To keep in mind: Many banks now offer online banking in English, which could be more convenient for managing your money; at least at the beginning. These are some of the online options: N26, Tomorrow and Comdirect.
When it comes to public institutions and resources, the University has various offices and departments that can assist you, e.g. the International Office. Additionally, you can also approach the Welcome Center Stuttgart for any questions related to life in Germany, especially administrative processes. I suggest meeting them in person as it makes it easier to interact with them and understand what services they can offer.
The Citizen’s Administration offices: They provide basic administrative services such as registering or changing address, obtaining a tax ID, and exchanging foreign driver's licenses for German ones.
The Immigration Office: The “Ausländerbehörde” is the German public office responsible for all aspects of residence permits / visas and Blue cards.
When you move to a new country, even basic tasks like grocery shopping can be intimidating. The major supermarket chains are not as cheap as discounter stores, but prices wise tend to be reasonable and offer a more extensive range of products, maybe some imports for making some of your home meals. Major supermarket chains: Edeka, Kaufland, Real and Rewe.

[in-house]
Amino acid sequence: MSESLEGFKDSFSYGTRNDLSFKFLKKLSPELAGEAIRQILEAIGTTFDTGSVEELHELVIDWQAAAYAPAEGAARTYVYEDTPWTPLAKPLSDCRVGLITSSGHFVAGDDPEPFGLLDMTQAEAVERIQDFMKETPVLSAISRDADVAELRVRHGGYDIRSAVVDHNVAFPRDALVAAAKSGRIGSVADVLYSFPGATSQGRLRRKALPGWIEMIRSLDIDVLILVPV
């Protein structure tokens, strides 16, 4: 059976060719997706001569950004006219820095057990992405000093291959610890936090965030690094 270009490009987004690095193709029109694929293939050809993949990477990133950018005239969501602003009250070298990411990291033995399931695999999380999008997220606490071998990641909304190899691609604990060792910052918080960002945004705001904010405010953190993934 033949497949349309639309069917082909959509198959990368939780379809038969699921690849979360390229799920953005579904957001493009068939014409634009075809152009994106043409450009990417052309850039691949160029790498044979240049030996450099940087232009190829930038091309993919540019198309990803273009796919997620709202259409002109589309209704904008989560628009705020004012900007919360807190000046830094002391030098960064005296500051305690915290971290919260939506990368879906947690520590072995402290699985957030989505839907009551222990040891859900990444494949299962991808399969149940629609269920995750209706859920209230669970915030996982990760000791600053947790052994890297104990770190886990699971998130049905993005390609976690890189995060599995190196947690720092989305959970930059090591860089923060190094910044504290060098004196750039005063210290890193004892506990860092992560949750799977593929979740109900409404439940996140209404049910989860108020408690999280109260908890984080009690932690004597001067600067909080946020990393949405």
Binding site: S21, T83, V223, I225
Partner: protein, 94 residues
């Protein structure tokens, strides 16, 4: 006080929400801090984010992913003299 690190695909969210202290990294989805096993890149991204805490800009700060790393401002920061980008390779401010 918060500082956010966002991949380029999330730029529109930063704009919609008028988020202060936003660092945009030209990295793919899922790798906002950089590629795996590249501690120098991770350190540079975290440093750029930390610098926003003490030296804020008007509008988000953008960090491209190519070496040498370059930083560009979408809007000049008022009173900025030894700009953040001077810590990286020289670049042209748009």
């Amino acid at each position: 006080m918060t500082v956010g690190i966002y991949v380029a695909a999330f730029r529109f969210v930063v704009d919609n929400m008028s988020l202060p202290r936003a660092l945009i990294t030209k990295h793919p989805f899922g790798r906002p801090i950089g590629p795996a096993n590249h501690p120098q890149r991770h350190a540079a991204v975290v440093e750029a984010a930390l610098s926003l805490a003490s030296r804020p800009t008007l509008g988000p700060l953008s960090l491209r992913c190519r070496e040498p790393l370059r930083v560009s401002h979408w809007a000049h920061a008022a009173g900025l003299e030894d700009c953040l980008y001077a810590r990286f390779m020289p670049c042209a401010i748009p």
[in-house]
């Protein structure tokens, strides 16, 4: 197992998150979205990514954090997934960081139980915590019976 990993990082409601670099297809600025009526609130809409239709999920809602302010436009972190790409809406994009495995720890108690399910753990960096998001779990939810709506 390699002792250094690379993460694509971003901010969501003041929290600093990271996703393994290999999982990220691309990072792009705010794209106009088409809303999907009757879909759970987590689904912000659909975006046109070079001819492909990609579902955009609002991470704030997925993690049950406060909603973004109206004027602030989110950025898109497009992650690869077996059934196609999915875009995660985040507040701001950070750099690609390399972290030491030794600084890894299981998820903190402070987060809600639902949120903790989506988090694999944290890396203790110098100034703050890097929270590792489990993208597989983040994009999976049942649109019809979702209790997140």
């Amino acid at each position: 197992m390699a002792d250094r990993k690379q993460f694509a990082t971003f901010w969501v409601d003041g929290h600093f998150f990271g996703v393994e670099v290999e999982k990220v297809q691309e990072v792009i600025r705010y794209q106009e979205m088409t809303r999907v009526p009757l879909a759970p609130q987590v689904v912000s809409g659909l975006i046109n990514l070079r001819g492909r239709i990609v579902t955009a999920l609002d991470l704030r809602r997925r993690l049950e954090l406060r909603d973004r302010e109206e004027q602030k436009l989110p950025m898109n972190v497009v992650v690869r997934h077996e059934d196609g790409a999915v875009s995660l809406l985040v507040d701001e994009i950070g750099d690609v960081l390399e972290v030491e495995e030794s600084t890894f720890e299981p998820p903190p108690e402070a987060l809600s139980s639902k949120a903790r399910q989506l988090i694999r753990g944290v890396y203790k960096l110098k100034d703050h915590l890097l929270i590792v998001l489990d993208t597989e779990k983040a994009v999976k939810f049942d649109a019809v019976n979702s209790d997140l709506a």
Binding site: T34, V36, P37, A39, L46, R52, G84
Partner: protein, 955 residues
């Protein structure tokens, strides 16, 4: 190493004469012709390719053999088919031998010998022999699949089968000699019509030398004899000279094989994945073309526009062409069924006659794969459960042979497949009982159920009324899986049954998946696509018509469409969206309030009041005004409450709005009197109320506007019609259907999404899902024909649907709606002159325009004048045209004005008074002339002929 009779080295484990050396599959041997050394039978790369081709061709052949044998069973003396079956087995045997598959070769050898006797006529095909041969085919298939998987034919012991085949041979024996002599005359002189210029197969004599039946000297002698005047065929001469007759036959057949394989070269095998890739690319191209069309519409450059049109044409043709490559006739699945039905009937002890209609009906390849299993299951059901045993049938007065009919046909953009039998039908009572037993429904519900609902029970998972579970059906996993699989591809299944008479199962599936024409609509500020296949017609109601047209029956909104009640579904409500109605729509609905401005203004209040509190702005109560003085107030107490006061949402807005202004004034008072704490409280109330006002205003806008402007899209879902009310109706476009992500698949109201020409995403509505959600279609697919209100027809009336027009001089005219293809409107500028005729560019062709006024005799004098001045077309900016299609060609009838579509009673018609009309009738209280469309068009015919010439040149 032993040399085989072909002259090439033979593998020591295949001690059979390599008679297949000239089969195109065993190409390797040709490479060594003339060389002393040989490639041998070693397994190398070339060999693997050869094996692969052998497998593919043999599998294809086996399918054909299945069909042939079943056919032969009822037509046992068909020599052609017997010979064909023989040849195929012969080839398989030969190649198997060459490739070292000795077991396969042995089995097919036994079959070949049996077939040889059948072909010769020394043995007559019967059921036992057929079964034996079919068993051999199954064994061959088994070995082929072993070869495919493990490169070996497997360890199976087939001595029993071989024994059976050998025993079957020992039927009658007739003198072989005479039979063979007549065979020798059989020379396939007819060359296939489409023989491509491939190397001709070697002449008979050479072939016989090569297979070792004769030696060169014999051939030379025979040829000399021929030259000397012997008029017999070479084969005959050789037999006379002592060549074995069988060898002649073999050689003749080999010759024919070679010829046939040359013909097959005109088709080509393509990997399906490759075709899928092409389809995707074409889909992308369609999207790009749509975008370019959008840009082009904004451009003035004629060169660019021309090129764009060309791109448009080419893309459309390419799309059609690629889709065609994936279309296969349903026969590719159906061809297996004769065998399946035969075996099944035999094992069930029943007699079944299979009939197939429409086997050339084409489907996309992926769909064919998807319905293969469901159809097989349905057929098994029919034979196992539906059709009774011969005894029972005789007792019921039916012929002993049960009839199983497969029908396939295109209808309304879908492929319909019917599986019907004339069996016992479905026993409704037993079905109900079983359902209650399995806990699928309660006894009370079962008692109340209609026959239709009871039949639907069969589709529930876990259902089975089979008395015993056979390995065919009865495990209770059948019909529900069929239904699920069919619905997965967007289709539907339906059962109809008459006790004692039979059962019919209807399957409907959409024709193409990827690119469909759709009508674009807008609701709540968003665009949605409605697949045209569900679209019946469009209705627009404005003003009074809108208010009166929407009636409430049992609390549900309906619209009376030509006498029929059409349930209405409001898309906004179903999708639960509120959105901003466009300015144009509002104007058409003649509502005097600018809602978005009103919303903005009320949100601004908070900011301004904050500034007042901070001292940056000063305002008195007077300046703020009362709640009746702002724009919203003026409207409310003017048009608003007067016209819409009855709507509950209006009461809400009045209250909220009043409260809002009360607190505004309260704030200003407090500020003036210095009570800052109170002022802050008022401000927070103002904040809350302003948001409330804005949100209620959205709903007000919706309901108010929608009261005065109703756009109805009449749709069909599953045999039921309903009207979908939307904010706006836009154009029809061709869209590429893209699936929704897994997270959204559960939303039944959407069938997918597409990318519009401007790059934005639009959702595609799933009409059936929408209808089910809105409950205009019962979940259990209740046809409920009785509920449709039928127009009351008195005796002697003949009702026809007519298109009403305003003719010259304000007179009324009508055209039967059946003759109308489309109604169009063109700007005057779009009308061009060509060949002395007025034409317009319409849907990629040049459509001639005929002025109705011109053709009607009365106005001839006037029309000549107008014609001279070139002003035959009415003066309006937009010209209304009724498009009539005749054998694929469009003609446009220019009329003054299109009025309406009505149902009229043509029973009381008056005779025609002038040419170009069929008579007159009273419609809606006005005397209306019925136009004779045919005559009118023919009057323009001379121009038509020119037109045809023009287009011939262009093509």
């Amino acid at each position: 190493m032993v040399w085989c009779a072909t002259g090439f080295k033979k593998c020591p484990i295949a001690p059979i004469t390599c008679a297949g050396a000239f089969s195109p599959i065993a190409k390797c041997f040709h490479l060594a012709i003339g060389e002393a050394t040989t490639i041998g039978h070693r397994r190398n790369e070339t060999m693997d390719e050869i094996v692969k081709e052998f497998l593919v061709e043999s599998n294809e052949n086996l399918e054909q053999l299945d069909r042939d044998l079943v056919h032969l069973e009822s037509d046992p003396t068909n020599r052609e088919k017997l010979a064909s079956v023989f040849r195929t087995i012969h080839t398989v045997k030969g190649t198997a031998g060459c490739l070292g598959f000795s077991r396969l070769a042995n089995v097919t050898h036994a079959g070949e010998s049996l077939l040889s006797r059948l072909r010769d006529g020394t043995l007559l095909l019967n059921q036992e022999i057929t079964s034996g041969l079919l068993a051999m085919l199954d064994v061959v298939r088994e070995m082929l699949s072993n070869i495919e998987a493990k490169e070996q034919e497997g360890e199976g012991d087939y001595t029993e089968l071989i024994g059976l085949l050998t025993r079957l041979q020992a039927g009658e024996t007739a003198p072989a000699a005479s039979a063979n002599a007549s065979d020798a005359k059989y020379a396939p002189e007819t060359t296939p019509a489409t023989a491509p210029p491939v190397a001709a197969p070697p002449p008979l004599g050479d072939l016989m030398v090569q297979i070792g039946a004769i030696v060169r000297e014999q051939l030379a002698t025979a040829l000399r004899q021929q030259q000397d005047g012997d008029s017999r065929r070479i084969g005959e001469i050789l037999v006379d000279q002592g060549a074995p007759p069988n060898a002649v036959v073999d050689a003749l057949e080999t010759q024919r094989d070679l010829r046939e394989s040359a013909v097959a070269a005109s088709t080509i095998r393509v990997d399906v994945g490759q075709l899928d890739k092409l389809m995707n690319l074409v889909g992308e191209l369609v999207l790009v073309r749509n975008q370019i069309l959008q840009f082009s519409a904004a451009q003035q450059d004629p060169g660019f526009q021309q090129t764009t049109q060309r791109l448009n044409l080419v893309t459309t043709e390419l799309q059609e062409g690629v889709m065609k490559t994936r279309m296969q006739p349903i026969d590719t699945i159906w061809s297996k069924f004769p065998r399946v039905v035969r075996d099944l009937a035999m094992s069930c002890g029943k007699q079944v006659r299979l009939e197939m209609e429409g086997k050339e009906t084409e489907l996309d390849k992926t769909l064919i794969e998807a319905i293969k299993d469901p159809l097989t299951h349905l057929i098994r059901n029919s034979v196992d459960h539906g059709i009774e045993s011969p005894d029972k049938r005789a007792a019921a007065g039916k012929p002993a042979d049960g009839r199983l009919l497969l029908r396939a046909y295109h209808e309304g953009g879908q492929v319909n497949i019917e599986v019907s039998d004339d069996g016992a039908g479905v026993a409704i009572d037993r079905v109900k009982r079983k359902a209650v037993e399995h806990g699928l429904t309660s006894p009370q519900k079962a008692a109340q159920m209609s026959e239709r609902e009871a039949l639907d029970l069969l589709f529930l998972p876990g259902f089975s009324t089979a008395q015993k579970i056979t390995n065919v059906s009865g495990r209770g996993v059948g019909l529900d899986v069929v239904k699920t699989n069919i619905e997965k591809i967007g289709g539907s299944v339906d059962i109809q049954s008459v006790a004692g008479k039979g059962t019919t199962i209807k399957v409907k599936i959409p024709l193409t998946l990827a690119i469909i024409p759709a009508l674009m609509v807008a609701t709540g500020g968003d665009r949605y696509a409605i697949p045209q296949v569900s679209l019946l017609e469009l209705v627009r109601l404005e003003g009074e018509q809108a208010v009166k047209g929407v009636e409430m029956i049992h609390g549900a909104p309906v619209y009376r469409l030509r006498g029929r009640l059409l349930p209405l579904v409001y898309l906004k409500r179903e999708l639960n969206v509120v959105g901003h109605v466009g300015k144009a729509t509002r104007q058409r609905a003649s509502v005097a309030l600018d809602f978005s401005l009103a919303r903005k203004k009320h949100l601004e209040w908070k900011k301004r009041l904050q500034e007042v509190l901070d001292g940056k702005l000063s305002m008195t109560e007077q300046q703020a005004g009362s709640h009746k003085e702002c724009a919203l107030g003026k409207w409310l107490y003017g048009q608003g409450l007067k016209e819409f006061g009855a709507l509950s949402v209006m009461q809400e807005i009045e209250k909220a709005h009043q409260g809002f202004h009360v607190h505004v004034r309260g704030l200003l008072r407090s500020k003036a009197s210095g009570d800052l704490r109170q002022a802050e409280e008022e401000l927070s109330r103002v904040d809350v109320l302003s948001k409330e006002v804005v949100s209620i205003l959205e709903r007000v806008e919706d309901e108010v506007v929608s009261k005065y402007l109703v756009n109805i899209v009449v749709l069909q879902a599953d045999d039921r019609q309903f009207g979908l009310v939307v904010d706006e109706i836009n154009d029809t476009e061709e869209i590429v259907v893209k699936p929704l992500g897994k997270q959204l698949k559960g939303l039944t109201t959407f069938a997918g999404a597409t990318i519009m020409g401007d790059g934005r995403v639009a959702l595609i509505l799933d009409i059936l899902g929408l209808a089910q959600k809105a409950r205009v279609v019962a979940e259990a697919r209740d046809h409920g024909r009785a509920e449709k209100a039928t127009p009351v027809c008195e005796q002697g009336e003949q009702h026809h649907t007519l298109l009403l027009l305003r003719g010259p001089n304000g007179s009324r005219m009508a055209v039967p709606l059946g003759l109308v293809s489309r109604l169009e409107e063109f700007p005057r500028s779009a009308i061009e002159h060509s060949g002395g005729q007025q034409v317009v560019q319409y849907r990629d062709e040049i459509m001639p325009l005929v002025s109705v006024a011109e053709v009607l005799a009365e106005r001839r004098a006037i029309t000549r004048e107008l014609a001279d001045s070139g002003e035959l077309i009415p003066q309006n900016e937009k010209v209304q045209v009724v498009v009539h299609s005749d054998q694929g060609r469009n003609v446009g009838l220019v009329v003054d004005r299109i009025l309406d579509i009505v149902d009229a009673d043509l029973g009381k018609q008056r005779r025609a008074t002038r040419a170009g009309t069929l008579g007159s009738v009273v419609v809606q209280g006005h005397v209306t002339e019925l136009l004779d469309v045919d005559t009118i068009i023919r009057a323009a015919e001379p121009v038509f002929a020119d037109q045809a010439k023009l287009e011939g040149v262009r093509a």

Organics in Germany are usually called Bio stores, like Tegut, Alnatura, Denns Bio Marks and Naturgut. Food discounters are more affordable large chains, sometimes crazy cheap but with a small range of products, although almost all you could need if you are not a foodie. Discounter stores: Aldi, Lidl, Penny, Netto.
When you visit this type of store in Germany, you will likely encounter long checkout queues. As Germans value time efficiency, it's best to come prepared with your own grocery bags. Using single-use plastic bags is not a cool or sustainable approach in Germany. Instead, opt for a more environmentally friendly option.